A decade ago, outside the classroom walls, information for your average eleven year old was scarce. In 2013 this information can be found in abundance: Google, YouTube, online blogs, social media, the list goes on and on.
Therefore, pupils need to see their teachers as modellers of learning, master learners, risk takers, facilitators, collaborators, creators and to top it off those teachers have to be tech savvy. We have to change as educators and you should be excited by that, embrace the challenge and reap the rewards. So how do you do it?
In my opinion you need love learning in order to be able to model effective learning systems. You need to be brave enough to take risks, innovative and most importantly a facilitator of learning.
The 21st century classroom, where technology is as accessible as paper and pen, focuses on personalised learning, developing independent and creative thinkers and giving students a driving seat in their educational journey with the teacher, as co-pilots rather than passengers.
A little while ago when my three-year-old daughter wanted to make a paper aeroplane, she instinctively handed me my tablet device and asked me for help. We ventured straight to YouTube where we had several tutorial videos to choose from on the first page of results, and she soon found one which she liked the look of.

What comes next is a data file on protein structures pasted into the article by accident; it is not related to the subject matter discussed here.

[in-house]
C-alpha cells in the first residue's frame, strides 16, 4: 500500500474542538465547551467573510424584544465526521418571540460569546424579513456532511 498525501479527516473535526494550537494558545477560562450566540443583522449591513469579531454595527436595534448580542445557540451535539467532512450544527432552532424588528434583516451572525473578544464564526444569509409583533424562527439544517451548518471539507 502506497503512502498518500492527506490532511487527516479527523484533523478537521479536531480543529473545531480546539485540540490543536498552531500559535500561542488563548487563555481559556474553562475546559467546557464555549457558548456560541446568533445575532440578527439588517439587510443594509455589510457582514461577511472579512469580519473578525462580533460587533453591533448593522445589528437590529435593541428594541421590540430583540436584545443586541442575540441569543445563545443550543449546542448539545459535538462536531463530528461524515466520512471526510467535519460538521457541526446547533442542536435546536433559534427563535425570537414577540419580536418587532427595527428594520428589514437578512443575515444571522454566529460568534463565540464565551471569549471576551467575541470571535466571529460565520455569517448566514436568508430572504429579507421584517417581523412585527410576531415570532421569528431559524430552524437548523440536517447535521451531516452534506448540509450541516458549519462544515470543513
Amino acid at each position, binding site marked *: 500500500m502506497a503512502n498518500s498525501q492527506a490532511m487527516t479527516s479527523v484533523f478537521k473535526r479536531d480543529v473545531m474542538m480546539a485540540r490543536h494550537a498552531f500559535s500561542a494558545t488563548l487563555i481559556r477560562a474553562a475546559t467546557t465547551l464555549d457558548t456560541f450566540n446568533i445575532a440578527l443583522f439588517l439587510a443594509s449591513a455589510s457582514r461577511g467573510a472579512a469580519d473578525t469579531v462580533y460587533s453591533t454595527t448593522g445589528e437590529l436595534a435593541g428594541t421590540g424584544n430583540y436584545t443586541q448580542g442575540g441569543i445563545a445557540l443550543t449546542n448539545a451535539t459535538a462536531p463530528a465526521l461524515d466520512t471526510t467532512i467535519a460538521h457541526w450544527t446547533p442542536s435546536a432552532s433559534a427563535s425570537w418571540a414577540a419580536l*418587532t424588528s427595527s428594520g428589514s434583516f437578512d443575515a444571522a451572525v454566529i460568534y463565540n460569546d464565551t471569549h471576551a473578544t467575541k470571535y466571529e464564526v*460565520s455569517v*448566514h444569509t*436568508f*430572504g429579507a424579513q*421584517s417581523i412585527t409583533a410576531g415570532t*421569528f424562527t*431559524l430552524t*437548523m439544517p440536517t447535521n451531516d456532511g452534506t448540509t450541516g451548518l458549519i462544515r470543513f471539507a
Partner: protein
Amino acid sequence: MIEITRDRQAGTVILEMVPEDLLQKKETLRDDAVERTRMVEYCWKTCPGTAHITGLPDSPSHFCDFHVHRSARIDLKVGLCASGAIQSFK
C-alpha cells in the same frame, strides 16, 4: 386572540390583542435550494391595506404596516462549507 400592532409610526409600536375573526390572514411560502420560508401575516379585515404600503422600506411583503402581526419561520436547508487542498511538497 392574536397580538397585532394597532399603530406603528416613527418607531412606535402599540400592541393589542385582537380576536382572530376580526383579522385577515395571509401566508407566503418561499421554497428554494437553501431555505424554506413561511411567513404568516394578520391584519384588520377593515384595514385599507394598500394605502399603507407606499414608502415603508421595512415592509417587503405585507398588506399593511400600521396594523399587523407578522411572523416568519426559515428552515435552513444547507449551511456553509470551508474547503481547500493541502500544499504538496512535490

Within minutes, she was pausing the video as we built the aeroplane together step by step. I taught her how to rewind and play back the video as we progressed; an hour or so later, we were testing her prototypes outside.
Welcome to the world of the 21st century learner. KS3 pupils today have access to more information through their smartphones than I did in my entire library in university as a student. Yet, a high percentage of secondary educators still ban pupils using smartphones in lessons. Talk about missing a trick, alienating a generation and turning pupils off school!
What society needs today are people who can ask good questions, come up with creative answers, critically examine these possible solutions in order to work out which is most effective, and then share the idea with others. As Albert Einstein once said, 'Education is not the learning of facts, but the training of the mind to think.'
Learning institutions that are thriving in the 21st century have classrooms that embrace the social, physical and emotional aspects of learning. Always remember that technology is simply one part of this effective environment. A creative curriculum, highly effective pedagogy and mobile technology together create the surroundings where pupils like my daughter feel appreciated.
We need to realise that some of the best teachers my daughter will ever experience might be sitting on the other side of the world, or be completely virtual. Prepare yourself for the 21st century learner who now enters your school.
Simon is currently writing his first book called ‘Freaked Out: The Bewildered Teachers' Guide to Digital Learning' which is aimed at using tablets in education. It is due to be published in Easter 2014 and can be pre-ordered on Amazon.